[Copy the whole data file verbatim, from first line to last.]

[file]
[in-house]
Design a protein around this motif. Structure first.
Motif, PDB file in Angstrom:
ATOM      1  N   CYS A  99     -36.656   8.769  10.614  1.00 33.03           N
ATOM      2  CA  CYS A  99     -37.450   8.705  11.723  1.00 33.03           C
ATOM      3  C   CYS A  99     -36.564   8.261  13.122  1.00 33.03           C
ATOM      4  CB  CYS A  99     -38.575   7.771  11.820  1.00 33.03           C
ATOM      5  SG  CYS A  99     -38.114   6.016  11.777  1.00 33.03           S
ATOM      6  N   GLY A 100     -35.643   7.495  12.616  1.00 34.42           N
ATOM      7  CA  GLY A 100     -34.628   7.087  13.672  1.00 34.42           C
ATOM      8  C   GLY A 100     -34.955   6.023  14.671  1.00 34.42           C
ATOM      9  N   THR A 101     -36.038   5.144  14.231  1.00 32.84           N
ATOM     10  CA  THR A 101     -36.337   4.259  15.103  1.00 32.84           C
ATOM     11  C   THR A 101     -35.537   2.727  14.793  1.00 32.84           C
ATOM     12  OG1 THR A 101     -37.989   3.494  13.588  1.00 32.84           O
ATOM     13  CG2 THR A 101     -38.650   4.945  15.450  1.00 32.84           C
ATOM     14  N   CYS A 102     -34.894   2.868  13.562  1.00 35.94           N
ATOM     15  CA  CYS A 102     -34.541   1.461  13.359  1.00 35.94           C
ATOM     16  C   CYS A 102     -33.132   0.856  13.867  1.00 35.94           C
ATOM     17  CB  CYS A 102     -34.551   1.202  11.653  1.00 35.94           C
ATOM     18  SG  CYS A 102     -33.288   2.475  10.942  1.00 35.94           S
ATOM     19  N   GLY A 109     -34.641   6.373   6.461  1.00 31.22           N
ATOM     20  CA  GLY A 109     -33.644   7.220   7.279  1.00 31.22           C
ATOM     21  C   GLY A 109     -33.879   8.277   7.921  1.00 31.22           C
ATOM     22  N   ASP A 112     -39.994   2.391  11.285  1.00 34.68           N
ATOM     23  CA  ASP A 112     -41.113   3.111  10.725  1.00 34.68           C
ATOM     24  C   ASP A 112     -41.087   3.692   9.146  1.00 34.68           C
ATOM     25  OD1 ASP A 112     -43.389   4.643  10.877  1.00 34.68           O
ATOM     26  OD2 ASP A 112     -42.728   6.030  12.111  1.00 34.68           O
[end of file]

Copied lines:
[in-house]
Design a protein around this motif. Structure first.
Motif, PDB file in Angstrom:
ATOM      1  N   CYS A  99     -36.656   8.769  10.614  1.00 33.03           N
ATOM      2  CA  CYS A  99     -37.450   8.705  11.723  1.00 33.03           C
ATOM      3  C   CYS A  99     -36.564   8.261  13.122  1.00 33.03           C
ATOM      4  CB  CYS A  99     -38.575   7.771  11.820  1.00 33.03           C
ATOM      5  SG  CYS A  99     -38.114   6.016  11.777  1.00 33.03           S
ATOM      6  N   GLY A 100     -35.643   7.495  12.616  1.00 34.42           N
ATOM      7  CA  GLY A 100     -34.628   7.087  13.672  1.00 34.42           C
ATOM      8  C   GLY A 100     -34.955   6.023  14.671  1.00 34.42           C
ATOM      9  N   THR A 101     -36.038   5.144  14.231  1.00 32.84           N
ATOM     10  CA  THR A 101     -36.337   4.259  15.103  1.00 32.84           C
ATOM     11  C   THR A 101     -35.537   2.727  14.793  1.00 32.84           C
ATOM     12  OG1 THR A 101     -37.989   3.494  13.588  1.00 32.84           O
ATOM     13  CG2 THR A 101     -38.650   4.945  15.450  1.00 32.84           C
ATOM     14  N   CYS A 102     -34.894   2.868  13.562  1.00 35.94           N
ATOM     15  CA  CYS A 102     -34.541   1.461  13.359  1.00 35.94           C
ATOM     16  C   CYS A 102     -33.132   0.856  13.867  1.00 35.94           C
ATOM     17  CB  CYS A 102     -34.551   1.202  11.653  1.00 35.94           C
ATOM     18  SG  CYS A 102     -33.288   2.475  10.942  1.00 35.94           S
ATOM     19  N   GLY A 109     -34.641   6.373   6.461  1.00 31.22           N
ATOM     20  CA  GLY A 109     -33.644   7.220   7.279  1.00 31.22           C
ATOM     21  C   GLY A 109     -33.879   8.277   7.921  1.00 31.22           C
ATOM     22  N   ASP A 112     -39.994   2.391  11.285  1.00 34.68           N
ATOM     23  CA  ASP A 112     -41.113   3.111  10.725  1.00 34.68           C
ATOM     24  C   ASP A 112     -41.087   3.692   9.146  1.00 34.68           C
ATOM     25  OD1 ASP A 112     -43.389   4.643  10.877  1.00 34.68           O
ATOM     26  OD2 ASP A 112     -42.728   6.030  12.111  1.00 34.68           O